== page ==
Mateo:                                      02:40                       No worries. So, so for those listening, tell us a little bit about who you are, where you’re from and in and you know, what’s Your Business? My name’s Cody Ringle from Coldwater, Michigan. Uh, we’re just north of Indiana, only about 13 miles up. I have another gym in Cross crossfit, Angola in Indiana, about 25 miles south. Oh, I have a really awesome partner down there who runs the day to day. Um, he’s the face of the gym named Seth. He went through the, uh, went through part of the incubator with me.. Really good guy to have in place down there. Makes that really successful. I started this whole crossfit thing about 2014 and very much like everybody else, you know?

Mateo:                                      03:25                       Yeah.

Mateo:                                      03:27                       That was right at the hockey stick.

Cody:                                         03:29                       Oh yes. Well, I started when I started, I did my first crossfit class and I remember it was something very simple. You know, it was like five rounds of some pushups, lunges, and ring rows. I didn’t make it through the entire workout. I thought I was gonna throw up. I didn’t come back for three months. Uh, when I finally did, I just, I loved it. And I, six months later started coaching in the thing at the affiliate that I was going to and started to grow a pretty good relationship with the owner there.

Cody:                                         03:59                       Um, he became one of my first mentors. And probably about six months after I started coaching, I got a call from him one night and he’s like, Hey, meet me up at Buffalo wild wings. Let’s have a beer.

Mateo:                                      04:12                       Nice.

Cody:                                         04:13                       S o we stopped. I stopped up there and had a beer with him and he just, he told me he felt like, uh, you know, God was calling him in a different direction and he was either going to sell the gym to me or he was going to close the doors.

Mateo:                                      04:24                       So was that cold water?

Cody:                                         04:26                       Yeah, that was crossfit coldwater–it used to be crossfit pursuit. So I ended up thinking about it a little bit and obviously it was something that I wanted to do. I was bit by the bug and, and I want it to be a part of this thing. So I ended up basically purchasing from him, his equipment and the members that he had at the time, which was somewhere between like only 30 and 40.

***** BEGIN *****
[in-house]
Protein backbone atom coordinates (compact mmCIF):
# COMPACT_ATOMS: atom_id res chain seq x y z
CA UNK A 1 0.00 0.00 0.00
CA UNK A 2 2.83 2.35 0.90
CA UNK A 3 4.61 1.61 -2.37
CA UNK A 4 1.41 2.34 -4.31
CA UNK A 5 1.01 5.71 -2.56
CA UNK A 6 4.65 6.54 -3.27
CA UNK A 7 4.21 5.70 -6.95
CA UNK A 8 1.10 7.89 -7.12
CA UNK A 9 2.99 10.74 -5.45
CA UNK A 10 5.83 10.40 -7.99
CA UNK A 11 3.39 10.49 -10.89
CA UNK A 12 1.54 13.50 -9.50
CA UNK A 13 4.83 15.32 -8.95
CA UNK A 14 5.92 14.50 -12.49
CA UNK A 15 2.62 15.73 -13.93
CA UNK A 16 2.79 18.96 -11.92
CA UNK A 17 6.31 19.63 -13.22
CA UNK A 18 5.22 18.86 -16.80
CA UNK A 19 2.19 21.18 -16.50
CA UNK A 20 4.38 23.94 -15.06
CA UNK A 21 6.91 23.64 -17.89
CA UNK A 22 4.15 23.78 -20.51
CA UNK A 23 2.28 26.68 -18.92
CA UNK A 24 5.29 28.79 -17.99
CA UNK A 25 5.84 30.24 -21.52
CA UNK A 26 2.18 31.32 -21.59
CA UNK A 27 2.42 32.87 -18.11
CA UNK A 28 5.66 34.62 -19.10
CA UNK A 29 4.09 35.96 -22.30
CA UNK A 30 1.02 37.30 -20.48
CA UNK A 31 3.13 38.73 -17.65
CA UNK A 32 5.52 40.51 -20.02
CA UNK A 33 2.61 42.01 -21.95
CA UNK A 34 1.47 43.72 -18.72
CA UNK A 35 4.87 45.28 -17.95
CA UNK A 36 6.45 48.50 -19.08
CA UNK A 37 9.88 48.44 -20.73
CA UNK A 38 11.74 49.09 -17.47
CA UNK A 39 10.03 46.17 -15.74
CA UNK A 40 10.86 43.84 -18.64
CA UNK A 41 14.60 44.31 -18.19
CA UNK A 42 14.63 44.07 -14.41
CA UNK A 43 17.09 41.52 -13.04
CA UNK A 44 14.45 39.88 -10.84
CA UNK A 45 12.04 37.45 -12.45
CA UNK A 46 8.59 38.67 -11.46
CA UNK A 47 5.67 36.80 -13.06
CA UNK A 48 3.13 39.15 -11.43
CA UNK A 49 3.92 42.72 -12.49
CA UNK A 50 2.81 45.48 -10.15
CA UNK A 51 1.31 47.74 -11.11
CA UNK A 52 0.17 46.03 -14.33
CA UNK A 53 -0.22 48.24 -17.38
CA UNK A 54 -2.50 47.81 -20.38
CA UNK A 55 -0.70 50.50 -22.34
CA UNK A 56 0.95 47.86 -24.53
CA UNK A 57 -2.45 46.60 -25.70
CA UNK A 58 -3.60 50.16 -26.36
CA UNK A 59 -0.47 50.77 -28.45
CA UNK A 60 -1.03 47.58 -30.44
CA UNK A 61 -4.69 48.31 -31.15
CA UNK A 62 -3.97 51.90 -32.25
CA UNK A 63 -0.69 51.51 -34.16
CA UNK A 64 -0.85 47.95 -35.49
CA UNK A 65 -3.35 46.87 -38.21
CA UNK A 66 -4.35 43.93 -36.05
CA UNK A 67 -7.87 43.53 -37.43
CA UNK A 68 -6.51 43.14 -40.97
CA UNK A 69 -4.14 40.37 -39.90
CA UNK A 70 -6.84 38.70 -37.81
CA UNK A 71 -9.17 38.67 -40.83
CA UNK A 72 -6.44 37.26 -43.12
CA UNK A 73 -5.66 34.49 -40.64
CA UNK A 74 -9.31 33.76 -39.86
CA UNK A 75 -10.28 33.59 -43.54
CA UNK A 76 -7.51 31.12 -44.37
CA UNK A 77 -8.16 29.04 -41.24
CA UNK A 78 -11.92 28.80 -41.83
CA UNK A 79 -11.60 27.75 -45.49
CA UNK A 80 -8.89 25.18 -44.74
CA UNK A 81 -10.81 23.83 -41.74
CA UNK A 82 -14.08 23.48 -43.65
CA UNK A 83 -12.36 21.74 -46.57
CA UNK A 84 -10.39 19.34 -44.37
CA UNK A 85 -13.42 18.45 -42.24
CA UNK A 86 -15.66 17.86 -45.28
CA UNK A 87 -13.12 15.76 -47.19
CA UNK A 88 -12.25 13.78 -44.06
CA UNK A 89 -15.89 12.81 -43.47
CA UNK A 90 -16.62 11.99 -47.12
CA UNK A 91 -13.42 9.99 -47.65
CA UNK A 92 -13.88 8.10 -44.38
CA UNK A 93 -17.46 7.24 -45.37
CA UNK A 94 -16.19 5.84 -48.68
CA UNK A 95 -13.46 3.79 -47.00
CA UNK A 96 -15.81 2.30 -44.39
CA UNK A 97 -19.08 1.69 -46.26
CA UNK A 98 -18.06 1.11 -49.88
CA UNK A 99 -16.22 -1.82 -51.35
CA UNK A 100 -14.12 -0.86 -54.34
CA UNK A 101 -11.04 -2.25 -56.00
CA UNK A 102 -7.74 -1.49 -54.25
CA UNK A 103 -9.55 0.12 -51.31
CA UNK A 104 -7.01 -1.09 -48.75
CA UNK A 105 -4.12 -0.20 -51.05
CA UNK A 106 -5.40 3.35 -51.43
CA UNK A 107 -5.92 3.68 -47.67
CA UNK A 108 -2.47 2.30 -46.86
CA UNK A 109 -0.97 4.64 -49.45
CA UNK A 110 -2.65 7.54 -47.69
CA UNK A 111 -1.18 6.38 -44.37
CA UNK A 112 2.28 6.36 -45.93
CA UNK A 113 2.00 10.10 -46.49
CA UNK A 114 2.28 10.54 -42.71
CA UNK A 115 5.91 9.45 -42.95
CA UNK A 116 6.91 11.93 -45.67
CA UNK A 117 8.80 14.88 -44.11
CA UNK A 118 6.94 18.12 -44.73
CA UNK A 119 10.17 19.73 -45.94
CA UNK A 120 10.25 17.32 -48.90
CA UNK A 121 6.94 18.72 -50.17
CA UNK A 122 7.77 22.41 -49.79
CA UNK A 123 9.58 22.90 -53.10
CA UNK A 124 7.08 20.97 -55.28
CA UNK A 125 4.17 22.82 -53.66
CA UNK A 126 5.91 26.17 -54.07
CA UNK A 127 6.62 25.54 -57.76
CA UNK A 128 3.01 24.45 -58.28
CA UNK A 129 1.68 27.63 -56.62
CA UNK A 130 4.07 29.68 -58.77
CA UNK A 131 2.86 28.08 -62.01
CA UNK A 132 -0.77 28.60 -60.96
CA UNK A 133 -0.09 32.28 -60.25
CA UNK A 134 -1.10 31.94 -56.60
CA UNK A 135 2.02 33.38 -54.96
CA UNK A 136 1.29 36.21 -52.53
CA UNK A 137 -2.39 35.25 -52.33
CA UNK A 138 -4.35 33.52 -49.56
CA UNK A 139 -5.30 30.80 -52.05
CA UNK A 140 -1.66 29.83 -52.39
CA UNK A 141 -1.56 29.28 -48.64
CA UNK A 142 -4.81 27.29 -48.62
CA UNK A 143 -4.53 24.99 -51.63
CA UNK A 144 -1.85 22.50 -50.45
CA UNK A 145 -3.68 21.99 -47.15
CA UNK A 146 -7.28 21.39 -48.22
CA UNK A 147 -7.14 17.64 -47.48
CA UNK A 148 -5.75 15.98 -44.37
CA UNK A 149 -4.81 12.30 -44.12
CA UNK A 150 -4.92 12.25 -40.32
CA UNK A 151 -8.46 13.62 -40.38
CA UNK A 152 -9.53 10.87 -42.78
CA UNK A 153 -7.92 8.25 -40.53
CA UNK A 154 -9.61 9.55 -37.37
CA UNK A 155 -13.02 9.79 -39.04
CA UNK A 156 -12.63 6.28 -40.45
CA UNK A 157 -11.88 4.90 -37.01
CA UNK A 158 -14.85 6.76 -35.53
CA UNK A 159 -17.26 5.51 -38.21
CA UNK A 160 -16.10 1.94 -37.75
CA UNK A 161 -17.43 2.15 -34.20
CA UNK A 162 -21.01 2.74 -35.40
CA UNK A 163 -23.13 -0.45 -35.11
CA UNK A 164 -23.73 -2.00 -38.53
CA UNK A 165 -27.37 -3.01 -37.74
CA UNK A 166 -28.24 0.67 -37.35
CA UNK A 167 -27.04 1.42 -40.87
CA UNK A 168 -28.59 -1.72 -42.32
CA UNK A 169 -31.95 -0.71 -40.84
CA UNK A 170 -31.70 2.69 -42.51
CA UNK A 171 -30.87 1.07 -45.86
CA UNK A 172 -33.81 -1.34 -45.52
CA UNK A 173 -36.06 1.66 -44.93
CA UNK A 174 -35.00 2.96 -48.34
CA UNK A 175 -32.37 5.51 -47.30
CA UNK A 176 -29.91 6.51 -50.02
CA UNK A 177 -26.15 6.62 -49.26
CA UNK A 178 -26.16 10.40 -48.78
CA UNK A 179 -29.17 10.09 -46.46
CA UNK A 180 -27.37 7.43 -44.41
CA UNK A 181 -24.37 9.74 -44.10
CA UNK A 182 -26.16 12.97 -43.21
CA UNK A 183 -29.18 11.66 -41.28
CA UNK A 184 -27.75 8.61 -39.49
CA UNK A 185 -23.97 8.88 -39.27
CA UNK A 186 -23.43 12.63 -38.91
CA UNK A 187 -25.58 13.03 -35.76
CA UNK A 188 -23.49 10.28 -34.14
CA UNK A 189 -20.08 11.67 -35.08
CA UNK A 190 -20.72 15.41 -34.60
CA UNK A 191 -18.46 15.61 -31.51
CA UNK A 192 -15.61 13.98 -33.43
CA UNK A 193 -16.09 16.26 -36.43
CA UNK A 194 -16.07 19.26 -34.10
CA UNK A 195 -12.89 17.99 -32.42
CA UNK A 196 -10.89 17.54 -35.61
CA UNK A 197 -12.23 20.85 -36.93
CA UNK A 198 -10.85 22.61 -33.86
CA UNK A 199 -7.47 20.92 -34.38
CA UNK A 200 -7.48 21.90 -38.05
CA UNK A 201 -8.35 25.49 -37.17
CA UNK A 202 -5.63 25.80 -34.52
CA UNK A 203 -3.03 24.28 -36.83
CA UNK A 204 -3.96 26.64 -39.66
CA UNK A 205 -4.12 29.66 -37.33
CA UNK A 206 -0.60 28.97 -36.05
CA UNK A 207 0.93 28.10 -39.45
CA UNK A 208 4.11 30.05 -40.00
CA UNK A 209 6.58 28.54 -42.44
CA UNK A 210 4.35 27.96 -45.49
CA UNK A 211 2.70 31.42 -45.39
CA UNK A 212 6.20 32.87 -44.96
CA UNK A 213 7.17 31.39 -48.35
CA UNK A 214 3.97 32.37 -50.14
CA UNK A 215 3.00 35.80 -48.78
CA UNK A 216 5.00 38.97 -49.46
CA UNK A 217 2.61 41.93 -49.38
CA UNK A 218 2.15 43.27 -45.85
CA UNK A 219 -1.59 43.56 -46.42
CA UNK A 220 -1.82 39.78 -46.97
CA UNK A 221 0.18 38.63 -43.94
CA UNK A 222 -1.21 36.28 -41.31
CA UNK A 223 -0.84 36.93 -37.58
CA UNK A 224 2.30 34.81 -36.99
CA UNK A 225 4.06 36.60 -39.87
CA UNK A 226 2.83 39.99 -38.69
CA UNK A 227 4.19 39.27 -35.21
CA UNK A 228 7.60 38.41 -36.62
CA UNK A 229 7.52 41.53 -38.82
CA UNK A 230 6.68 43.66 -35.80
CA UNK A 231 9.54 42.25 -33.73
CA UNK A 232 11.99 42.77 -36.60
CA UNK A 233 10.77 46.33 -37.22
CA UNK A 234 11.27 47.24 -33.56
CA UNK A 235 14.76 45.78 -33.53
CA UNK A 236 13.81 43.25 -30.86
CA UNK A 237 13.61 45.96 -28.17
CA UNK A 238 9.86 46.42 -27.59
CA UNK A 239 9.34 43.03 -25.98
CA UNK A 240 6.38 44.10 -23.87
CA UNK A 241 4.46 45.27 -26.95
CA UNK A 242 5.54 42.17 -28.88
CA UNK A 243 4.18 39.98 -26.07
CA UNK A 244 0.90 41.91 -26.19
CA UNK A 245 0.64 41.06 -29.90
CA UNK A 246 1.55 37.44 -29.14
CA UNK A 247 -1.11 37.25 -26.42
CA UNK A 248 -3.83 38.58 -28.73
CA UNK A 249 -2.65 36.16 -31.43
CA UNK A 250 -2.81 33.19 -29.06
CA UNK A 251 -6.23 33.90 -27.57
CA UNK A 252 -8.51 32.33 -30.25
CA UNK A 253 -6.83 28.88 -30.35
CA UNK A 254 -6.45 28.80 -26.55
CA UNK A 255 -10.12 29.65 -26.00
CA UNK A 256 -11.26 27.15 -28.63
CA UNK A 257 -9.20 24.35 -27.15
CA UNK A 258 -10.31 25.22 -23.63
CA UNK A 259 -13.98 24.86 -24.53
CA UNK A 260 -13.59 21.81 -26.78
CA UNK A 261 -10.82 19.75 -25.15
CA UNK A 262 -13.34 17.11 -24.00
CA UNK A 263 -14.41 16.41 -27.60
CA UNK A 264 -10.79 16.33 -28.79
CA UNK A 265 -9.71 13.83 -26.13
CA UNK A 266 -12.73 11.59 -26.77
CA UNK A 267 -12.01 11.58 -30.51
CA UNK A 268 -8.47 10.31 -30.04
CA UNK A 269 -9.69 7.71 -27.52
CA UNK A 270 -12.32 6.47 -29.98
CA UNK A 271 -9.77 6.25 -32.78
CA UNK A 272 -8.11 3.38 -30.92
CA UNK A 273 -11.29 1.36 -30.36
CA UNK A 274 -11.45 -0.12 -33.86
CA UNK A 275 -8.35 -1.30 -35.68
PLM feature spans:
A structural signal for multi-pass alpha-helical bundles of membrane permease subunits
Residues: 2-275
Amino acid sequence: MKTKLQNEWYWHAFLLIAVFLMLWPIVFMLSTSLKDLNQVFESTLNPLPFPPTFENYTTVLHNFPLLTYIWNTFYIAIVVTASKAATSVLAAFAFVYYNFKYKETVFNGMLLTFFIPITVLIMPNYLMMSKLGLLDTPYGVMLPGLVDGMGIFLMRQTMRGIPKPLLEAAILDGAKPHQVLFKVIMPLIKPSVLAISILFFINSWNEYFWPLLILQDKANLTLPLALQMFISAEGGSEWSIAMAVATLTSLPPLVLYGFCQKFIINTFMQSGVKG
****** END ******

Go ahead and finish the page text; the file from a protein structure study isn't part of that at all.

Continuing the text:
Cody:                                         04:46                       So we had like two classes a day. It wasn’t a big thing. Um, and grew, grew from there. I brought a couple of partners with me. They have since exited the business. I wouldn’t be here, you know, where we’re at right now without their, without their input and their help throughout the time. And for me, this really took off for the first two years that I did this, this coaching and ownership thing. It was very much, uh, kind of just a thing to do. And it was like, yeah, I’d love to run this full time and I’d like to eventually get there at some point in time. But I had a full time job.

Mateo:                                      05:22                       Let’s talk about that for a second. When, so when did you actually purchase the gym?

Cody:                                         05:26                       2015 January of 2015.

Mateo:                                      05:29                       Took your first crossfit workout 2014 and bought your first crossfit gym a year later. That’s pretty fast turnaround. And then so, and you had a full time job too?

Cody:                                         05:41                       Yes.

Mateo:                                      05:42                       Jumping into entrepreneurship, you know, it’s not for everyone. What kind of made you want to go in that direction?

Cody:                                         05:48                       I felt I was a, you know, I played sports in high school and I played rugby in college and I really enjoyed the competitive side of it. So very much like everybody who got involved in 2014 about that, the early teens or so, like the, the competition side was what I loved. And I slowly, I slowly kind of fell in love with the ability to change people’s lives. It’s, that’s I think a story I hear all the time from people. I started seeing people finally talking about how hey, I feel, I feel a whole lot better when I do this thing. So we fell in love with that aspect of it and I was lucky enough to have a couple of partners who could help kind of balance the load at that point in time. So it was able to be kind of a part time gig.

Cody:                                         06:28                       But when we started, you know, the goal was always to kind of make this more of a, of a standalone business and operate on its own. So my, uh, in December 18th of 2016 I lost my father. I came home on a Sunday and he was, he passed away on my couch and that was a real turning point for me. Um, that hit me really hard and it made me really realize that this thing is short and if I keep putting this off and I might never get to it. So it was just after like the Murph, five months later, I stood up on a box in the middle of the gym and I said, hey, January 19th is going to be my first day full time at the gym.